The Beginning of the End: Turning Twenty-Seven

The Beginning of the End: Turning Twenty-Seven

Bonjour mes chéries! Yours truly just completed another circle around the sun and turned twenty-seven last weekend. This was a birthday I’ve been dreading for quite some time for many reasons. To start, it marks the beginning of your late twenties. These are the last few years where you’re supposed to milk the most out of your twenties, make all the mistakes you need to make, learn all the lessons you need to learn, and get you shit together for your thirties. Then for those of you who are in the know, the time between 27 to 30 is often known as your Saturn return years. That means the planet Saturn reaches the exact point it was in when you were born and is believed to propel you into a new stage of life. It often brings a lot of change that rids you of things or people you’ve “graduated” from and opens the door for new people and opportunities to come in. It’s rough as f*ck but helps you in the long run.

The first seven days of being a twenty-seven was a rollercoaster that would put Six Flags Great Adventure to shame. I started it off with a huge birthday party, one to make up for my 25th and 26th in the pandemic. I rented out a cute new speakeasy and had 80ish friends from all corners of my life gather. I haven’t had that much fun in a while, and every birthday prior to COVID ended in disaster. I was determined to make this one a good one. It was also insanely cool to see all these people in one room together.

Unfortunately, a series of tumultuous turns came right after. I spent the remainder of my birthday weekend crying hysterically, heartbroken by people I genuinely loved. I have kept friendships up for the majority of my life, so it was very new (and not easy) for me to walk away from friends, especially ones I once considered family. As the week started, I grew frustrated with certain aspects of my career and had to face the reality of forfeiting living alone due to absurd inflation in prices and rent. Having my own sanctuary in this crazy city is what keeps my mental well-being balanced. The possibility of losing the luxury of living alone brought back my anxiety. As if that wasn’t enough, I had to relive three distinctly traumatic memories and situations. It culminated in me feeling like I was running on those moving walkways at airports, sprinting as fast as I can but stuck in the same damn place if not slowly moving backwards at times. Talk about kickstarting your Saturn return with a bang.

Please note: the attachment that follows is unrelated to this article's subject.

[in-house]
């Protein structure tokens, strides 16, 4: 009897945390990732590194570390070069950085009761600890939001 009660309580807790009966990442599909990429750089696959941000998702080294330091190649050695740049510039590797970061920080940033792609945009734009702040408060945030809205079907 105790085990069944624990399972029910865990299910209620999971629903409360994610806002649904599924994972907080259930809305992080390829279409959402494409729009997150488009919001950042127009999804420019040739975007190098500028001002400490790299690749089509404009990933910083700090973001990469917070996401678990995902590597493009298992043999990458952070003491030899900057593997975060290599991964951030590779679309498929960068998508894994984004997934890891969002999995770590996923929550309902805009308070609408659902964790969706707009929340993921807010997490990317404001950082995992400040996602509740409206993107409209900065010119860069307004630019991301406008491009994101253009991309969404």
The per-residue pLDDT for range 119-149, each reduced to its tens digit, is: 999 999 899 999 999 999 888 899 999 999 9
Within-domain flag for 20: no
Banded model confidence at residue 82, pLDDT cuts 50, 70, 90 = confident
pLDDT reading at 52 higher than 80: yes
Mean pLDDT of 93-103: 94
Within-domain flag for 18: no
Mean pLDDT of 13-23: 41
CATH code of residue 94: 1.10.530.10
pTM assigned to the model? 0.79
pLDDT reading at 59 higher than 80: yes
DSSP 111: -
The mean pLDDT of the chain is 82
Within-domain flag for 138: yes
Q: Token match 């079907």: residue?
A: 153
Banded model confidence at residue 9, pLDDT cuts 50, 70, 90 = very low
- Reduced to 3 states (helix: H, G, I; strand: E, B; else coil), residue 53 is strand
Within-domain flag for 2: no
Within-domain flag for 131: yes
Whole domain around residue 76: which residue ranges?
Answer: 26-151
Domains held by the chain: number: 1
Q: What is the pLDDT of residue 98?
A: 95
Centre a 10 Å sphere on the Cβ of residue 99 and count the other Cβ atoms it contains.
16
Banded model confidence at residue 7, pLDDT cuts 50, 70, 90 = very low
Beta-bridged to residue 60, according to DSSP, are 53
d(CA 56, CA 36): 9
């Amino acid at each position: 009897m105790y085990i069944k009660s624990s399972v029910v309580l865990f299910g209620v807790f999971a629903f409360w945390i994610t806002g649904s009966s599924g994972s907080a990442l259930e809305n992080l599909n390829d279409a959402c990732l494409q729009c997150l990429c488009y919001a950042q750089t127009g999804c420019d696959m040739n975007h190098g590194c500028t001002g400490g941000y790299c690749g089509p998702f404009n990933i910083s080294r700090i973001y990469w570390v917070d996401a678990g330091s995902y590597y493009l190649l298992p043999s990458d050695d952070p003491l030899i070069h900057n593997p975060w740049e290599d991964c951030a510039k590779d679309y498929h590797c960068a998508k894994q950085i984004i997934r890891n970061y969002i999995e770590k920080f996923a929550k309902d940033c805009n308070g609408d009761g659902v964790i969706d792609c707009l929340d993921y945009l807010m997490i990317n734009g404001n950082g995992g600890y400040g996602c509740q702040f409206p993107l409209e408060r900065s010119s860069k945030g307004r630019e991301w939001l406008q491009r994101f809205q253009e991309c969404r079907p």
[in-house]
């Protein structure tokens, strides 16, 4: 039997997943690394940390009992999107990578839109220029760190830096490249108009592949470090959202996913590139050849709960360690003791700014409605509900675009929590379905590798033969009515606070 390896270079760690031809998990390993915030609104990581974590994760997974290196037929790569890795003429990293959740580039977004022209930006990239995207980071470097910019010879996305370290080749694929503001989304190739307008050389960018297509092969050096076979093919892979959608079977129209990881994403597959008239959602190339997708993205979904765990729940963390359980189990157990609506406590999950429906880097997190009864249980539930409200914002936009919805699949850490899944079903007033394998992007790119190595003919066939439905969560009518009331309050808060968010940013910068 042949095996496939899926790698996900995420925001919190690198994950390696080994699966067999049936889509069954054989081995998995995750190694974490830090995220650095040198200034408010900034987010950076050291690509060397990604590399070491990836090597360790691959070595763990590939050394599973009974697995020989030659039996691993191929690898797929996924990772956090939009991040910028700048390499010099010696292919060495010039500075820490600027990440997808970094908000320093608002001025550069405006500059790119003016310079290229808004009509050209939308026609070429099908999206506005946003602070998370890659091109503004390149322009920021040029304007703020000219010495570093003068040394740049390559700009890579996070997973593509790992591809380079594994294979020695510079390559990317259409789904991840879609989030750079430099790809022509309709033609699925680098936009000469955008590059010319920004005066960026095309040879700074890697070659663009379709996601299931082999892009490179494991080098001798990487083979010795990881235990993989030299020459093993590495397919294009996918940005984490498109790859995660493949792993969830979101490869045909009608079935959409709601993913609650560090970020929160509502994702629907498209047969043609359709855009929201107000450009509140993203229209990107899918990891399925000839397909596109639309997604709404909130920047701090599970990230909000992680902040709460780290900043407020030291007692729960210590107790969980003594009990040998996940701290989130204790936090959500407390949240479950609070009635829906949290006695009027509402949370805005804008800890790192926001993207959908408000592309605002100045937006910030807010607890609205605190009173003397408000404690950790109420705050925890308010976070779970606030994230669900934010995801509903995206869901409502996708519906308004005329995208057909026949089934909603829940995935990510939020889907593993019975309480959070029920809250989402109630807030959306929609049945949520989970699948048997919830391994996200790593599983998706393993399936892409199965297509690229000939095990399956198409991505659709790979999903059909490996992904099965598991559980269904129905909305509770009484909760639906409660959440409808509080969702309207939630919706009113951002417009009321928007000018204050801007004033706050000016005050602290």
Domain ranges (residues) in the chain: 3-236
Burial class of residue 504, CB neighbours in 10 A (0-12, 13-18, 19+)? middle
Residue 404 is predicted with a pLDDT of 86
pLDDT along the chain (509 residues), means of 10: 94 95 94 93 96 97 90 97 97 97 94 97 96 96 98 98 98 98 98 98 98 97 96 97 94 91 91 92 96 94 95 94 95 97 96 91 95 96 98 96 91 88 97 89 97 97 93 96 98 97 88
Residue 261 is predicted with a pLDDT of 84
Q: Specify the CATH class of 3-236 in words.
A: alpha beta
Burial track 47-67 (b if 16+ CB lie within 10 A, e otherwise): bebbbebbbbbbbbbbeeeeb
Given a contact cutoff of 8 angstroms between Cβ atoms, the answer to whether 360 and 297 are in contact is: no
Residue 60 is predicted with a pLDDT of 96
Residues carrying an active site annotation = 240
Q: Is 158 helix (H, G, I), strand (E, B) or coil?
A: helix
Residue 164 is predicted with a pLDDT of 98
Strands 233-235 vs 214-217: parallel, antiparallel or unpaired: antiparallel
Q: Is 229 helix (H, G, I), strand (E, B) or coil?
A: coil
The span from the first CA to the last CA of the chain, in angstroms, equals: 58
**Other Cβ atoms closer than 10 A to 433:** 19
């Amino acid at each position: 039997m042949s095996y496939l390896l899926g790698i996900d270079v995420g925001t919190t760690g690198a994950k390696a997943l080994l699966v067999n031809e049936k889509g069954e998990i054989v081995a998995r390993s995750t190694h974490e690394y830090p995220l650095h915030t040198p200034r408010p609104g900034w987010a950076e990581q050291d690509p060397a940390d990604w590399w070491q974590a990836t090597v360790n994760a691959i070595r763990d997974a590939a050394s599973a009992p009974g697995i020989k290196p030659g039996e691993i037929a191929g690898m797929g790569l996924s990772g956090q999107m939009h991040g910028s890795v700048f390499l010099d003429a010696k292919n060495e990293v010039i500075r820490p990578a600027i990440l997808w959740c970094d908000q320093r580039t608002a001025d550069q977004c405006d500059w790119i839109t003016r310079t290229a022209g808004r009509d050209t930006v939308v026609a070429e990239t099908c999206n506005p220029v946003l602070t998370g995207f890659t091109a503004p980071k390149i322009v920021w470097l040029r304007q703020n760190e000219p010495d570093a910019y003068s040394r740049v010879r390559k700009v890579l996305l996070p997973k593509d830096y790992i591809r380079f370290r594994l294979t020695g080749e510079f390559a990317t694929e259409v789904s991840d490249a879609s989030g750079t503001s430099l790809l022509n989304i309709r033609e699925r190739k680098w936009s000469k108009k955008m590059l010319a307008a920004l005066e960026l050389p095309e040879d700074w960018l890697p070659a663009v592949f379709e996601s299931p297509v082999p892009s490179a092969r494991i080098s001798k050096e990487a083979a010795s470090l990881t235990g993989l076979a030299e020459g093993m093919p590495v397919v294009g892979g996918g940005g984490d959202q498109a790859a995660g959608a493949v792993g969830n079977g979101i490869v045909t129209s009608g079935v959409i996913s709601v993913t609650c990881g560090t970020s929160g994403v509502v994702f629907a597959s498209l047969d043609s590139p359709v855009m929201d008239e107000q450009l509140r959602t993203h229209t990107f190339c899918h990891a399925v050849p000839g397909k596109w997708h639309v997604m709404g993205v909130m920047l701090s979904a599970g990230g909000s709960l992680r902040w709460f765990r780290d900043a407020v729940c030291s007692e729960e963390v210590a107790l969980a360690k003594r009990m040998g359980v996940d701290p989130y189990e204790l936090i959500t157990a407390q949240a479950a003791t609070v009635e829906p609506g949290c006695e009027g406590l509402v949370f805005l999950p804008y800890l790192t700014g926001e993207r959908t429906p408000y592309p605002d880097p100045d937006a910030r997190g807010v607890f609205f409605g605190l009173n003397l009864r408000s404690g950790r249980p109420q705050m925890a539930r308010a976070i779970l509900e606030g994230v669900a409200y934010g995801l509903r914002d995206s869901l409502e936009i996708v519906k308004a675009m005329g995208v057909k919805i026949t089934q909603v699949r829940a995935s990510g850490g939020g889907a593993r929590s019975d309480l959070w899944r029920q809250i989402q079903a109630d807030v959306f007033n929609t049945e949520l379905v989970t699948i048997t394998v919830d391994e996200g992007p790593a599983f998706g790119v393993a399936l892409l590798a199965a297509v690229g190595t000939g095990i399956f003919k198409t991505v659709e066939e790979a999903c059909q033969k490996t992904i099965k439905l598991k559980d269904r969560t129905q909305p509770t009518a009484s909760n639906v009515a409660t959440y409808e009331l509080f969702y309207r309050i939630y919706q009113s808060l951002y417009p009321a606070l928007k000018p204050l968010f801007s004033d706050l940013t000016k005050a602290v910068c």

As I sat on my floor thinking about everything I went through in my first week, I couldn’t help but notice how calm I was on the outside for someone who was about to set the city on fire. In the past, I would have had a full blown meltdown. Instead, I took the afternoon off of work and went for a very long mental health walk where I combed through all my emotions and decided how to deal with them. Seeing this growth was a nice reminder that just because I feel stuck doesn’t mean I haven’t made progress. It brought me to think about this topic: age versus experience.

In society, we tend to focus on the two ends of a spectrum: young vs old, tall vs short, blonde vs brunette. Society has also tied biases to a lot of these words. If you’re young, you are often deemed immature and inexperienced. If you’re old, you’re experienced and wise. If you’re tall, you’re revered. If you’re short, you’re often teased. If you’re blonde, you’re a bimbo or a sex object. If you’re brunette, you’re the less fun one. It’s literally one of the stupidest things ever given the fact everything is on a spectrum, and no one should ever generalize.